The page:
But Abram said, “Lord God, what will You give me, seeing I go childless, and the heir of my house is Eliezer of Damascus?” Then Abram said, “Look, You have given me no offspring; indeed one born in my house is my heir!”

And behold, the word of the Lord came to him, saying, “This one shall not be your heir, but one who will come from your own body shall be your heir.” Then He brought him outside and said, “Look now toward heaven, and count the stars if you are able to number them.” And He said to him, “So shall your descendants be.”

And he believed in the Lord, and He accounted it to him for righteousness.
Genesis 15:1-6, NKJV

Abram is Childless

In Genesis 15 we begin to see into the very heart of Abram. He loves the wife God has given to him and he loves God Most High. However, there is one great grief in his life. Abram and Sarah have no children. 

In verse 1, the Lord God comes to Abram in a vision and says, “Do not be afraid, Abram. I am your shield, your exceedingly great reward.” Yet God knew that though Abram rejoiced in this great God he served, there was still one thing that brought great grief to his life. 

So, Abram responded to the Lord, “Lord God, what will You give me, seeing I go childless, and the heir of my house is Eliezer of Damascus?” In other words, if Abram died that day, his servant, Eliezer of Damascus, would have inherited everything. Abram continued, “Look, You have given me no offspring; indeed one born in my house is my heir!”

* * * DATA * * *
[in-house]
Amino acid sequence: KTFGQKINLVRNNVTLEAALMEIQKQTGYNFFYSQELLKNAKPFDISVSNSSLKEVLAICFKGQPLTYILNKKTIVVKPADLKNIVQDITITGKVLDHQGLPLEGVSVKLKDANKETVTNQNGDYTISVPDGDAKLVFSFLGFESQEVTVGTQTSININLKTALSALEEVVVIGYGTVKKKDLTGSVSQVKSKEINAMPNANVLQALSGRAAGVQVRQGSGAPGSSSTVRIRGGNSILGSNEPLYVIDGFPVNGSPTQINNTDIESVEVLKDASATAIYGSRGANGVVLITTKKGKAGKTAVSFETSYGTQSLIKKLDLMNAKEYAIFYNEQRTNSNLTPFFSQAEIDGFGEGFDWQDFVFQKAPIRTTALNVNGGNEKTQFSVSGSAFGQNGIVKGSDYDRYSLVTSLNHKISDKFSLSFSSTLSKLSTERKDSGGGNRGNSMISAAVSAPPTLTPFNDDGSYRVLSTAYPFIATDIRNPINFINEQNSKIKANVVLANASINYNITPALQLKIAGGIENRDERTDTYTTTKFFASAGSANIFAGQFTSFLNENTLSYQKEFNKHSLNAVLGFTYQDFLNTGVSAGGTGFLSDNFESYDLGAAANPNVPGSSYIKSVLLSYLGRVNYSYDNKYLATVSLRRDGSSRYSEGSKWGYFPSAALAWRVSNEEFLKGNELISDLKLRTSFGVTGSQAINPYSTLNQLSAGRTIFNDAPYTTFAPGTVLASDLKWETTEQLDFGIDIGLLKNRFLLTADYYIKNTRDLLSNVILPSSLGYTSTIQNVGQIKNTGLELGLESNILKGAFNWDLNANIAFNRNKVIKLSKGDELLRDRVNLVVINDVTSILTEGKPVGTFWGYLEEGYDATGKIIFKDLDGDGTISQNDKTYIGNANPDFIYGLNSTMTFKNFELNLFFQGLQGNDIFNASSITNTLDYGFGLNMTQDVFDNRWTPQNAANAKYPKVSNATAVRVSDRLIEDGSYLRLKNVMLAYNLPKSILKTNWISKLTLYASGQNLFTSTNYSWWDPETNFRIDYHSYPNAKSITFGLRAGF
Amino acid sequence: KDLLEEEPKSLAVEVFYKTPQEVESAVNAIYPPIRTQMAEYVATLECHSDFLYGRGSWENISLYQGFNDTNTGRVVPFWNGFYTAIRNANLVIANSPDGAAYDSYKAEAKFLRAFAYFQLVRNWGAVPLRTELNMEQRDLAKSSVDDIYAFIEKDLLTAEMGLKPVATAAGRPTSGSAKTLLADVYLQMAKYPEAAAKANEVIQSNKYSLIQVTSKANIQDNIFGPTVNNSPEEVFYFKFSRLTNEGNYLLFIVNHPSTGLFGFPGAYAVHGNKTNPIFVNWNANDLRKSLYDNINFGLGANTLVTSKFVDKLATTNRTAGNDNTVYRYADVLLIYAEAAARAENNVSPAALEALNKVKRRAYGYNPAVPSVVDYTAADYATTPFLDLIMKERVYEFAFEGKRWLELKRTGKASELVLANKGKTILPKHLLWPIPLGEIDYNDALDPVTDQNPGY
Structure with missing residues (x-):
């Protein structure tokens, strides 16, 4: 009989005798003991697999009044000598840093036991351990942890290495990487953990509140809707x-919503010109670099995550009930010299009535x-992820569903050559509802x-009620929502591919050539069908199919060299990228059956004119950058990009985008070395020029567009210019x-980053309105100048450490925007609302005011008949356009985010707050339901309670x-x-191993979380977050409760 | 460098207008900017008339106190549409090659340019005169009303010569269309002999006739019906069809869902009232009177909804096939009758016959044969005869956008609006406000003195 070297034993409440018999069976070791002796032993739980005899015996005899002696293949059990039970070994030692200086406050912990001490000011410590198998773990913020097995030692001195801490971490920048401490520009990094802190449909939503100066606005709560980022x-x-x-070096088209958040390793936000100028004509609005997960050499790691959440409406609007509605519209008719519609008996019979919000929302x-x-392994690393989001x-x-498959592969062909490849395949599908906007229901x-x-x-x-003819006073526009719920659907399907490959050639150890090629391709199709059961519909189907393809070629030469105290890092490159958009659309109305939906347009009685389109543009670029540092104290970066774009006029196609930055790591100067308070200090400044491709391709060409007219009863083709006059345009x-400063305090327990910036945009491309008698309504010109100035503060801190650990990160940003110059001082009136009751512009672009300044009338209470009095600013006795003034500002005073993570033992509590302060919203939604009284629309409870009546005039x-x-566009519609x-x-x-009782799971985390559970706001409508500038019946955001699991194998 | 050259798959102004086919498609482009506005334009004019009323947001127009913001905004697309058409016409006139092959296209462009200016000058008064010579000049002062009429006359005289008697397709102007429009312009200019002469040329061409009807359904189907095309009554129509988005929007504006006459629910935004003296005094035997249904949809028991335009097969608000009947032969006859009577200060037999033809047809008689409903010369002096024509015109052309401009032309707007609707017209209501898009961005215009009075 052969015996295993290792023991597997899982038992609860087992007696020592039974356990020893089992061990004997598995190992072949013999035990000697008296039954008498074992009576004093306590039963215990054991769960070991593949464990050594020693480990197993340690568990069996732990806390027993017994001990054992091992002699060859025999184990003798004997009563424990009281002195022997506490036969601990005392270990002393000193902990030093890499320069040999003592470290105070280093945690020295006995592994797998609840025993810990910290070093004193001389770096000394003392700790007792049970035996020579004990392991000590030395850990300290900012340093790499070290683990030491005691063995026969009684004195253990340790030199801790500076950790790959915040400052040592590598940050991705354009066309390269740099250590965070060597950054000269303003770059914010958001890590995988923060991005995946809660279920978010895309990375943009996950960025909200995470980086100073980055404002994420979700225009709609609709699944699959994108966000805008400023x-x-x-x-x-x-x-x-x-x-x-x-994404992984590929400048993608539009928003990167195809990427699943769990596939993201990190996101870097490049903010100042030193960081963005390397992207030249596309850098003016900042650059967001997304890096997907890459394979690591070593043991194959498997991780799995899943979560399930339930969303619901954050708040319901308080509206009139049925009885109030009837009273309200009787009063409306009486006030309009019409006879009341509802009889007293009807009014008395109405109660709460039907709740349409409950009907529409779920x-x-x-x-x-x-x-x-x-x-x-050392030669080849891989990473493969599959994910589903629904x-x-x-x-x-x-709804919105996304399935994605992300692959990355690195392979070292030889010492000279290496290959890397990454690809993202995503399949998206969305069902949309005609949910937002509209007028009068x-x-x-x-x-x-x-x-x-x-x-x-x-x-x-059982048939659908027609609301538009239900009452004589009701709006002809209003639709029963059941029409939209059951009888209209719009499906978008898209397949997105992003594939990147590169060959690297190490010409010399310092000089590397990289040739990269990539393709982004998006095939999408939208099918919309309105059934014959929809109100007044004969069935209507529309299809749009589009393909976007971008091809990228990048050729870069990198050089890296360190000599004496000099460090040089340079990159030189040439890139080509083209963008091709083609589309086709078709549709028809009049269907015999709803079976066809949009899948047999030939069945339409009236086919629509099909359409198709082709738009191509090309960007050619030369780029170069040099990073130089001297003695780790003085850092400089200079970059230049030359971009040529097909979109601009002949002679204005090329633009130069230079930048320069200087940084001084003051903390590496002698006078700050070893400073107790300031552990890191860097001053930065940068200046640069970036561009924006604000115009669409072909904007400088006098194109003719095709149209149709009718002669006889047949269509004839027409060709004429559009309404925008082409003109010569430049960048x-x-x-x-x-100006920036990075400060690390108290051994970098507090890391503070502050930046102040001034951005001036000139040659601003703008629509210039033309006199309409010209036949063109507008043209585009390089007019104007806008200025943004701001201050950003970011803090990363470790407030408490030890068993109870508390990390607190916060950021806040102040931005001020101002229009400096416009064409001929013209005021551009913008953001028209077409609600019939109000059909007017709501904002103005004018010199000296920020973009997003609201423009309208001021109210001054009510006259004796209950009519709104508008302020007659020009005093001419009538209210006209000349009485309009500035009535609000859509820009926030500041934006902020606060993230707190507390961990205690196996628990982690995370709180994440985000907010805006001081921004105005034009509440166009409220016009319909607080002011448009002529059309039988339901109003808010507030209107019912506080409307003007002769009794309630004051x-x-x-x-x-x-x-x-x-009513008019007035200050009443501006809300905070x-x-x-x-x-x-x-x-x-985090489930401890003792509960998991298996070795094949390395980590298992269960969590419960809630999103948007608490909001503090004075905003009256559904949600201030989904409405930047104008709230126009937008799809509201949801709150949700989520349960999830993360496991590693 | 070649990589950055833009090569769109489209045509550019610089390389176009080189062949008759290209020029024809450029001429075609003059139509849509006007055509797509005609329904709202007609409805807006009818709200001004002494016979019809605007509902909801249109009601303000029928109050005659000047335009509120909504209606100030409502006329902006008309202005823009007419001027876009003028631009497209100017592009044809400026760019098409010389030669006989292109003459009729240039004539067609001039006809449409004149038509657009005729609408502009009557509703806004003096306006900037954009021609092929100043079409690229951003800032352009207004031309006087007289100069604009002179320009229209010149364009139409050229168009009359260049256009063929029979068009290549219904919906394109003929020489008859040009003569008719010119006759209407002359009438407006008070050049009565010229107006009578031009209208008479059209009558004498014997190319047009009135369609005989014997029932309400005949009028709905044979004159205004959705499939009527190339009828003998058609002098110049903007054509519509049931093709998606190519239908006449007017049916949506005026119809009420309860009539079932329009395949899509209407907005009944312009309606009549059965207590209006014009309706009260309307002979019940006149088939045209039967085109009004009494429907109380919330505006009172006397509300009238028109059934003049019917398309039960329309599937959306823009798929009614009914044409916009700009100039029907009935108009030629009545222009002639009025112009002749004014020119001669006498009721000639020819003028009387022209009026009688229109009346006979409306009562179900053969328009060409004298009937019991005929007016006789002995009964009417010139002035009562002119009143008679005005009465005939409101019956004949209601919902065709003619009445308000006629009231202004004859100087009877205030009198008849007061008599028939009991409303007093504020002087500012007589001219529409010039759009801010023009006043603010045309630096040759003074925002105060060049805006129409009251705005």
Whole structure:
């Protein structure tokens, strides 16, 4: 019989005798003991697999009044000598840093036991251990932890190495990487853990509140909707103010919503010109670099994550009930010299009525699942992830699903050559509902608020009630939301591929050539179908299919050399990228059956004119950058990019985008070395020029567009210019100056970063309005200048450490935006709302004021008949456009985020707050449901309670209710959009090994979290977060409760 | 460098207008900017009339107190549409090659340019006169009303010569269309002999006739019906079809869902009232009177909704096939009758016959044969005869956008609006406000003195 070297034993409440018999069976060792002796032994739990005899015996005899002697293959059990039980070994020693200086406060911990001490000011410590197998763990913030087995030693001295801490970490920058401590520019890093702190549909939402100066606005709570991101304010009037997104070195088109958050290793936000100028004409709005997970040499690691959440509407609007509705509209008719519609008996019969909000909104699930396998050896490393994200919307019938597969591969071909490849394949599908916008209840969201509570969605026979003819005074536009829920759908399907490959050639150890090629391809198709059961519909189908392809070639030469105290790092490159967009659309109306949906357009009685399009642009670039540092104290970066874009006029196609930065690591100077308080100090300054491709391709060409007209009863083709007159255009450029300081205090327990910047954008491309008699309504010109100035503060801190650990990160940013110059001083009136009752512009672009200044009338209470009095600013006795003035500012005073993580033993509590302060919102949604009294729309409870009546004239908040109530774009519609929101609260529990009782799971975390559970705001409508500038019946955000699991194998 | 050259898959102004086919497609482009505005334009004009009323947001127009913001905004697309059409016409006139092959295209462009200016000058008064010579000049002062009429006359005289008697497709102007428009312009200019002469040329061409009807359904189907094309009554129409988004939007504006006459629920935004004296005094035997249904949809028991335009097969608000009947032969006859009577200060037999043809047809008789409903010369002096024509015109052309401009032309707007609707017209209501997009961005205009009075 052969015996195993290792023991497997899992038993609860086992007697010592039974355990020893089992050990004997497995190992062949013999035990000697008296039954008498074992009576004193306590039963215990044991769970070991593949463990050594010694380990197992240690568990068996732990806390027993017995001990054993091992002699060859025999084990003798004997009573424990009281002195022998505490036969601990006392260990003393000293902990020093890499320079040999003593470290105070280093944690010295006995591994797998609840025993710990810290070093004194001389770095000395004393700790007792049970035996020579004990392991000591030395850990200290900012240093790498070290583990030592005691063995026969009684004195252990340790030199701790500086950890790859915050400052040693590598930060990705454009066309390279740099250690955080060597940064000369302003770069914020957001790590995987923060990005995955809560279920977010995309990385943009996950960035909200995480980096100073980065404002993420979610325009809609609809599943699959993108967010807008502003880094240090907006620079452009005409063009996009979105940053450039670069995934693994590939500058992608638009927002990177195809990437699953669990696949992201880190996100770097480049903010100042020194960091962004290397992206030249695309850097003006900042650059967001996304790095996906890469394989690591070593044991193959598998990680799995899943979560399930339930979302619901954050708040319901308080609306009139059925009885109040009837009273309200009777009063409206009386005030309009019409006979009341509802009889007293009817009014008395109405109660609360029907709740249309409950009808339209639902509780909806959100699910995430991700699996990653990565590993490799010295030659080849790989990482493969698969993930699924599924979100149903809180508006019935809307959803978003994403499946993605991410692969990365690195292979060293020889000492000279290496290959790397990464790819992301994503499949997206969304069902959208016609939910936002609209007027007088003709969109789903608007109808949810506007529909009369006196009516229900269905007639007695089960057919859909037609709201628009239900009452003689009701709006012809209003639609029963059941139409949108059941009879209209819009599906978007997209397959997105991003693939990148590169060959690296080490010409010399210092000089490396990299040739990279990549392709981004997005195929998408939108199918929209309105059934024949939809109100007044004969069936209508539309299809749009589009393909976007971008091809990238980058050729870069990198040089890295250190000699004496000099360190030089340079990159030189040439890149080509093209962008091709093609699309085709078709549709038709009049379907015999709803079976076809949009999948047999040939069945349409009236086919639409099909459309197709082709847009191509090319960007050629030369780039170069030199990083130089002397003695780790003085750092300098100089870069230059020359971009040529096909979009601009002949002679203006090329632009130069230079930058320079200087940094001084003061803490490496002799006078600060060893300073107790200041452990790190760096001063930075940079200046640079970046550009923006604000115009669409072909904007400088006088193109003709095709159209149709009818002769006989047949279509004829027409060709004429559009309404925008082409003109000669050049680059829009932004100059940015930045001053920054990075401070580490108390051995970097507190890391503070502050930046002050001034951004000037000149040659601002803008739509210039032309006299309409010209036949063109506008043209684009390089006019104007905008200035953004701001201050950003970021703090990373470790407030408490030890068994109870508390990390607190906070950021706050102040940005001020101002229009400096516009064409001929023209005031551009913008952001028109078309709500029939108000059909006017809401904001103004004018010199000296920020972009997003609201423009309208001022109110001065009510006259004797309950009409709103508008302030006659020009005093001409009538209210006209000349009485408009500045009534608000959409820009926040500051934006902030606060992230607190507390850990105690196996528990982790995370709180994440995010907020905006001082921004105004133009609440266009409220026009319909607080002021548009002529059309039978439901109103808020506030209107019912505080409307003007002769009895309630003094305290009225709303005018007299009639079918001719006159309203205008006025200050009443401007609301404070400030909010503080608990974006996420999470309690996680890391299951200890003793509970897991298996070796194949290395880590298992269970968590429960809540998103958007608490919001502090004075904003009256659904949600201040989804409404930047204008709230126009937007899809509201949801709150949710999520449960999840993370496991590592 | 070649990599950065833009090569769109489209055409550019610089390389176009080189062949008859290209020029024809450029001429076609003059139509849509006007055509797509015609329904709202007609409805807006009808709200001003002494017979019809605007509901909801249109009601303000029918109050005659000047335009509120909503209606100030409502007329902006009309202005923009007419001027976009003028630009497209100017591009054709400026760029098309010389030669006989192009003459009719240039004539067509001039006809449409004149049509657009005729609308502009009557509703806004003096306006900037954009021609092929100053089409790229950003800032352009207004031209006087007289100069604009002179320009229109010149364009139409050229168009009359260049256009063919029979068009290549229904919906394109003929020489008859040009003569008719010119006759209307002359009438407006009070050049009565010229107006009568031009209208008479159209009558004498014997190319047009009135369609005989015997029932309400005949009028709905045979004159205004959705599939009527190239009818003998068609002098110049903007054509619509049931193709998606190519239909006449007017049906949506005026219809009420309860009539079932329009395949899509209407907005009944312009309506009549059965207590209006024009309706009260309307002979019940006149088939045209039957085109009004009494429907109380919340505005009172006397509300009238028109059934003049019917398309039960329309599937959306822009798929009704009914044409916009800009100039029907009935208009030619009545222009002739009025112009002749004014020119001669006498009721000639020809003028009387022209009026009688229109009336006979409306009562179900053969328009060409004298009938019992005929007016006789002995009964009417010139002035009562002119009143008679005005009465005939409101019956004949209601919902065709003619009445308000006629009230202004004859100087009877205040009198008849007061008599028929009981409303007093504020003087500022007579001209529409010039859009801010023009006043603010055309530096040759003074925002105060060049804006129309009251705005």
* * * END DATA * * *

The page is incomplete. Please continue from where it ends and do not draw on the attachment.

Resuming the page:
How did God respond to Abram?  “This one shall not be your heir, but one who will come from your own body shall be your heir.” Then God took him outside and told him to look to the heavens and count the stars if he was able. God continued, “So shall your descendants be.”

Did Abram respond with another objection or concern? No. Abram believed in the Lord, and God accounted it to him for righteousness. The lesson here is that believing that God is God is not salvation, for the devils believe in God, but they are not saved. Abram responded in faith to God, with no objections. If God said that his descendants would be as the stars of the sky, then it was so!

We will find as we continue through the book of Genesis that Abram's belief will be sorely tested. And, like us, he will not always make the best decisions. 

So, what does it mean to be a Christian today? Can we just make a decision for Christ and then go on with our lives as though nothing has happened? No! Believing in Christ is more than just believing He exists and that God is real. Believing in Christ means a total change takes place in our lives. In the past, we lived according to the desires and pleasures of this world. But, as a believer in Christ, God now rules our hearts and our lives.